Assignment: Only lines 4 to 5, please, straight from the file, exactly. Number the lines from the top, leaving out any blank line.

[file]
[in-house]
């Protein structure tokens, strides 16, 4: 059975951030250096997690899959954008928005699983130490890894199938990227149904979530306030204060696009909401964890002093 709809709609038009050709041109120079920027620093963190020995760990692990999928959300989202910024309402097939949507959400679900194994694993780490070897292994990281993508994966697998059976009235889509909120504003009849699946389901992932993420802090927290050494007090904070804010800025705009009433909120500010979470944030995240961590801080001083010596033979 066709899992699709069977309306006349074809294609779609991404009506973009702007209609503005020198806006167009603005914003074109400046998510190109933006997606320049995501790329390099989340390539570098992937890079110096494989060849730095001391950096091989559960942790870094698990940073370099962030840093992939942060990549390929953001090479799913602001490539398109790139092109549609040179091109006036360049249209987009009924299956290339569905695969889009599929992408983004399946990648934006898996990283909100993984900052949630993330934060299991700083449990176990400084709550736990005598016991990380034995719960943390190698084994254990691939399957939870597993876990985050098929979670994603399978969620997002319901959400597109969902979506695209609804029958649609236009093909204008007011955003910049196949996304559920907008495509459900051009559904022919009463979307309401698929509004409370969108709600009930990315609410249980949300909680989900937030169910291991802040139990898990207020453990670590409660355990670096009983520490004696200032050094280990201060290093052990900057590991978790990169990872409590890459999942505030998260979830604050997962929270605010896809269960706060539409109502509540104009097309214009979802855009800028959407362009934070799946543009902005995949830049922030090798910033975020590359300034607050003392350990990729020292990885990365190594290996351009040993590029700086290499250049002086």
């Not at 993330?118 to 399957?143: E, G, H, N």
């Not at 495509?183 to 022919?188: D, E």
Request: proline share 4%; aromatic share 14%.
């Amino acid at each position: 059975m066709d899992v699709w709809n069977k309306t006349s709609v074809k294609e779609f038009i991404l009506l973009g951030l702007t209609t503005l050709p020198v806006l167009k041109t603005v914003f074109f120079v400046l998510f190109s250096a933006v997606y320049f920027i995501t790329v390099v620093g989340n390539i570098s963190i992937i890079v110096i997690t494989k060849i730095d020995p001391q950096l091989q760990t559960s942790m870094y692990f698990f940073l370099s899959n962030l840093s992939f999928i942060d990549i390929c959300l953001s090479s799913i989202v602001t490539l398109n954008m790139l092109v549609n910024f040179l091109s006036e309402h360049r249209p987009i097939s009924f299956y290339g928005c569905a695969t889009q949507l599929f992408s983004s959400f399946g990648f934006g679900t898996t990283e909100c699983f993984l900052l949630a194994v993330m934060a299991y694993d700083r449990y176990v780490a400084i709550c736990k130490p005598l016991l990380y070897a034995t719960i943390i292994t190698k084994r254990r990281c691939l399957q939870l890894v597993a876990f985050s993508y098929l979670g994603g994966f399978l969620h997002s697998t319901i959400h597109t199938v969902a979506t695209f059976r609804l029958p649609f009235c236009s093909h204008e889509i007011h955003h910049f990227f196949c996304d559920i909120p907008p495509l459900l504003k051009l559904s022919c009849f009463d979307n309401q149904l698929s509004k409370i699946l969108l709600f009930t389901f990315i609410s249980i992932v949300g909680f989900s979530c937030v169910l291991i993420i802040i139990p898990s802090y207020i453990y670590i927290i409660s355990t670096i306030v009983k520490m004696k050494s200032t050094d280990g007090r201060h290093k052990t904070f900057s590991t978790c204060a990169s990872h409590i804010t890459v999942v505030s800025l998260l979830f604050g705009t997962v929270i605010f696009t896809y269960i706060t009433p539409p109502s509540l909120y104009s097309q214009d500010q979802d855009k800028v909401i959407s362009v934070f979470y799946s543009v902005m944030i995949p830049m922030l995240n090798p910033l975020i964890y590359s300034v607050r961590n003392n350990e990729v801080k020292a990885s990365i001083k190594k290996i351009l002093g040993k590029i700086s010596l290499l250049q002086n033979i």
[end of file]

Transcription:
């Not at 495509?183 to 022919?188: D, E």
Request: proline share 4%; aromatic share 14%.